HAMBURG, N.Y. -- The tornadoes may be long gone, but the mess they left behind is still being cleaned up across Western New York. Wednesday, a viewer from Hamburg contacted us after she found out how much it would cost to get the trees that fell out of her yard.
Laura Grieser was home when the tornado hit last Thursday. She lives on Marie Drive in Hamburg.
"The trees started splitting and hitting the ground, and all noise was like a roar, and everything on the walls was shaking, and it was about maybe 45 seconds into the tornado that the tornado warning went off on my phone and I was like 'oh good, thanks for the verbiage, now I know what's going on, and I should probably go in my basement instead of looking out my window.' I was praying. I thought it could have been the end," says Grieser.
After the storm passed, Grieser discovered she could see the lake behind her home instead of her trees that usually block the view.
"I was so happy that my house wasn't damaged, but then the trees are a really big deal and where they're at, it’s even a bigger deal because there's no way to get to them,” she says.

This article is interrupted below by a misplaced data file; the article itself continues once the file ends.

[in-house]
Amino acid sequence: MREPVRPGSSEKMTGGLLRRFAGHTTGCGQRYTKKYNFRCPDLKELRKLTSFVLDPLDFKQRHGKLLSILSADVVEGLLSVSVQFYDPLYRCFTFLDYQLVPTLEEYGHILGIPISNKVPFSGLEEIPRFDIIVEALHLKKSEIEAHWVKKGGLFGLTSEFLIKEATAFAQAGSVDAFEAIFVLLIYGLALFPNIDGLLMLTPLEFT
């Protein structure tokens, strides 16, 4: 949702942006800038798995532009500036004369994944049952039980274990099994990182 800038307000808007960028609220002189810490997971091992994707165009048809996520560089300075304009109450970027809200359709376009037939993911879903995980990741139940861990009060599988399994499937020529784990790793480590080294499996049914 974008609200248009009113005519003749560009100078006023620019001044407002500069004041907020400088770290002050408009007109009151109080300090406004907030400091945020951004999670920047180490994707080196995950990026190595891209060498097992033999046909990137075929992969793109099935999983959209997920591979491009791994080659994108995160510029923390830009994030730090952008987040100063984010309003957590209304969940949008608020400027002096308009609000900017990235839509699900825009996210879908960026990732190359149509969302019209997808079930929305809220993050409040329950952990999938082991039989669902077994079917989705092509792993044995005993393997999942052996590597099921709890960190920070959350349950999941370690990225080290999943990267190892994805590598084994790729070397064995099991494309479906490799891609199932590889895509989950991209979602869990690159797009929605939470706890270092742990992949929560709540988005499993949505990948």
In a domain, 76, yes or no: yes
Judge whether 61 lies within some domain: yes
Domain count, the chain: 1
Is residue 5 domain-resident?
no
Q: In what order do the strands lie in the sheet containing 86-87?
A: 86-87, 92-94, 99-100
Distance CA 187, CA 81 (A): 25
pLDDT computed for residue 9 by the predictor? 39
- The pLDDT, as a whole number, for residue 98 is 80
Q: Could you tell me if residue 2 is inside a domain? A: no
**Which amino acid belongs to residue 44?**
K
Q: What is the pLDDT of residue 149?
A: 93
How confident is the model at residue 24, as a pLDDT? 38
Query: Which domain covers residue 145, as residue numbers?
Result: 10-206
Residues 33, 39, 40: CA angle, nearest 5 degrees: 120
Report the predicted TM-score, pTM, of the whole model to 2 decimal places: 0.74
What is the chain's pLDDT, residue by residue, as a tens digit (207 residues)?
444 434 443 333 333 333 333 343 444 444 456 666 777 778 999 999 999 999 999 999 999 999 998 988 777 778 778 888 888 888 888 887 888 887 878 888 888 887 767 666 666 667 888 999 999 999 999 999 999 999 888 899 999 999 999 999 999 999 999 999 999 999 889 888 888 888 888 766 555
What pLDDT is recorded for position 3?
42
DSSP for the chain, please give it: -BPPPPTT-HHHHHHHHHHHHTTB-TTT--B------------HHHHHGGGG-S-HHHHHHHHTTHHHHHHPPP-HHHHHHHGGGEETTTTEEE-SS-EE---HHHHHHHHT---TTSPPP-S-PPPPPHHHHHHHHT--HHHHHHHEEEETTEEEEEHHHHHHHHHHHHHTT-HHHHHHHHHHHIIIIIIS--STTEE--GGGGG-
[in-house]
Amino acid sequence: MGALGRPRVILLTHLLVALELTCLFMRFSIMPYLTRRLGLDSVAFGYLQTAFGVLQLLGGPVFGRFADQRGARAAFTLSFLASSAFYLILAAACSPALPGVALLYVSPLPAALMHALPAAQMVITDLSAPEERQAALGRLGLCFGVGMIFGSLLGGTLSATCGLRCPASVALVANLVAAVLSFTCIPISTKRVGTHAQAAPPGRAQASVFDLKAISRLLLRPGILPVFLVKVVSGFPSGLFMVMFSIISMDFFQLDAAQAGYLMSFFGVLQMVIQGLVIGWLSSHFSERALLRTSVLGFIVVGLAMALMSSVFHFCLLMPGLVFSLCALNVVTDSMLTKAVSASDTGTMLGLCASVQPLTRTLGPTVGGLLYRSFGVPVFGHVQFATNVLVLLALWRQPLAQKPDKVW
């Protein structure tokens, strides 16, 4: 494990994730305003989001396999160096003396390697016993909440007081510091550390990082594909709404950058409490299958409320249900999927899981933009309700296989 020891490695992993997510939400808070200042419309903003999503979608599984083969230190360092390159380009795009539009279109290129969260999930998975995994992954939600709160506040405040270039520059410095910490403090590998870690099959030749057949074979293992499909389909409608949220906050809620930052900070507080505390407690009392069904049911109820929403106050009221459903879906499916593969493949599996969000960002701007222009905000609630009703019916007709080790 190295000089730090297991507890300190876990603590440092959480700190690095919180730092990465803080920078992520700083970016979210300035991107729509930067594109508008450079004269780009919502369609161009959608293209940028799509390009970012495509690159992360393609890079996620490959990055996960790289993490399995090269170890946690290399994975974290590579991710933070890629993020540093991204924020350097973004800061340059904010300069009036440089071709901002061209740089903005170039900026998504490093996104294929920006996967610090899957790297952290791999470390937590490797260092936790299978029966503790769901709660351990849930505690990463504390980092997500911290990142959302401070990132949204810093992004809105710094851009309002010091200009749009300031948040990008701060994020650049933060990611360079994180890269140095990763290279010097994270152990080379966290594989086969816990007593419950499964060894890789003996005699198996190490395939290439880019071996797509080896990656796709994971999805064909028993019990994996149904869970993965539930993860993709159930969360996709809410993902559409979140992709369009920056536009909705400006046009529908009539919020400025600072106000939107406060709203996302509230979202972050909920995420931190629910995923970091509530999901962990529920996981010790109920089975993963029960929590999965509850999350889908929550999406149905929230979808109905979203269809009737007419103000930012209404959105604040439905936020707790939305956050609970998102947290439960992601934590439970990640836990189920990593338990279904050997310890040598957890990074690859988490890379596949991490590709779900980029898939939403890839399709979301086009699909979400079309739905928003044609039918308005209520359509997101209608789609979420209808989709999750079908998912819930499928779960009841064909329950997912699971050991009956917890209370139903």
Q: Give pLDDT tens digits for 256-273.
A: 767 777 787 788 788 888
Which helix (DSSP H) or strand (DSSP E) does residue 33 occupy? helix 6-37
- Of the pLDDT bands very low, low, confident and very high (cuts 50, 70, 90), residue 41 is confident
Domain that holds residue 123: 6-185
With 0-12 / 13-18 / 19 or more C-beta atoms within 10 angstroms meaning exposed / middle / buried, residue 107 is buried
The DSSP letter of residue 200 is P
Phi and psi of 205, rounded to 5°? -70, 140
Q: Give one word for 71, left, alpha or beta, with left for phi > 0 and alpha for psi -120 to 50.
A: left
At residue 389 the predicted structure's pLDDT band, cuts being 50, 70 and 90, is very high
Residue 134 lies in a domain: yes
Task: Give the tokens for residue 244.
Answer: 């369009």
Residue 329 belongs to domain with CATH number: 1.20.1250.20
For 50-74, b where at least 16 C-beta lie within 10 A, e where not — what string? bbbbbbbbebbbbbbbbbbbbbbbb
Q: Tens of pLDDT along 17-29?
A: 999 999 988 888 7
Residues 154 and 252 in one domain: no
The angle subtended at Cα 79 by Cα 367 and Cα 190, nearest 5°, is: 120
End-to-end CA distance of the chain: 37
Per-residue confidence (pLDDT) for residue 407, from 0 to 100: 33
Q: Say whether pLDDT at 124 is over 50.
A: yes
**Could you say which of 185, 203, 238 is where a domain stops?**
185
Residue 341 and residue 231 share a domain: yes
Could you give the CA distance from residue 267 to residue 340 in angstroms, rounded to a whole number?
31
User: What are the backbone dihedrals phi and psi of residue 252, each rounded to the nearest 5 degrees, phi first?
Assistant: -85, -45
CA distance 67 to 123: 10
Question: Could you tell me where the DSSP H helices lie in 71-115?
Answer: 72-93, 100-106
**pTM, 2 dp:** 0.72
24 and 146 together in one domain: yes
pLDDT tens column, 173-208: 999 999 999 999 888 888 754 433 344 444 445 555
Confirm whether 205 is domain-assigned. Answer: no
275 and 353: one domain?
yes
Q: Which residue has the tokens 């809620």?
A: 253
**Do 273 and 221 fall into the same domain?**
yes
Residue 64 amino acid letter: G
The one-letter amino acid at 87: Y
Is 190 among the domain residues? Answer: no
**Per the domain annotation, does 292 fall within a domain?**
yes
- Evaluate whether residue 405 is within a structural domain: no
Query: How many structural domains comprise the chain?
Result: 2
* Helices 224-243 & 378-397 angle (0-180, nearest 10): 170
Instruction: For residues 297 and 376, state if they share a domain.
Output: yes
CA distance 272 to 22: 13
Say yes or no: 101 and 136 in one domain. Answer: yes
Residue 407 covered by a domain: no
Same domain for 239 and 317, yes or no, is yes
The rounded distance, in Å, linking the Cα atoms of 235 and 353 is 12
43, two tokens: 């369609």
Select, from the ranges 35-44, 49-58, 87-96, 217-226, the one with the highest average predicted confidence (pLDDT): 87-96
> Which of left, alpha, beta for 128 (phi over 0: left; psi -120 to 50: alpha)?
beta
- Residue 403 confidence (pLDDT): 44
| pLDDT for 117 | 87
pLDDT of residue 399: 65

Grieser's property goes down the cliff, to the other side of the creek to where the grass is, but does not include the creek. She estimates the tornado damaged at least one-hundred of her trees, and now they need to be removed.
Her homeowner's insurance won't cover it.
"My sales rep came out and looked at it, and he told me because the house wasn't damaged that it wouldn't be covered. And now that it hasn't been repaired, and the storm is over, that if it doesn't get repaired, and it does damage anything, I still can't get coverage because it's neglect of maintenance," says Grieser.
She called every government group she could think of, and can't find anyone to help with the costly cleanup. So far, it looks like it's on her.
“Probably at least $50,000. I mean, if I was going to take apart the pieces that need to get done without doing what should all be done, it's at least $10,000. I don't have that to throw towards the tree removal," she says.
2 On Your Side contacted the state Wednesday to find out if it knows yet whether any state aid will be coming to Western New York to cover tornado damage. A public affairs employee is working on getting an answer for us.
The Town of Hamburg told Grieser they'd remove anything she could get to the curb. We also have a message into the town to see if there are any other resources out there for her.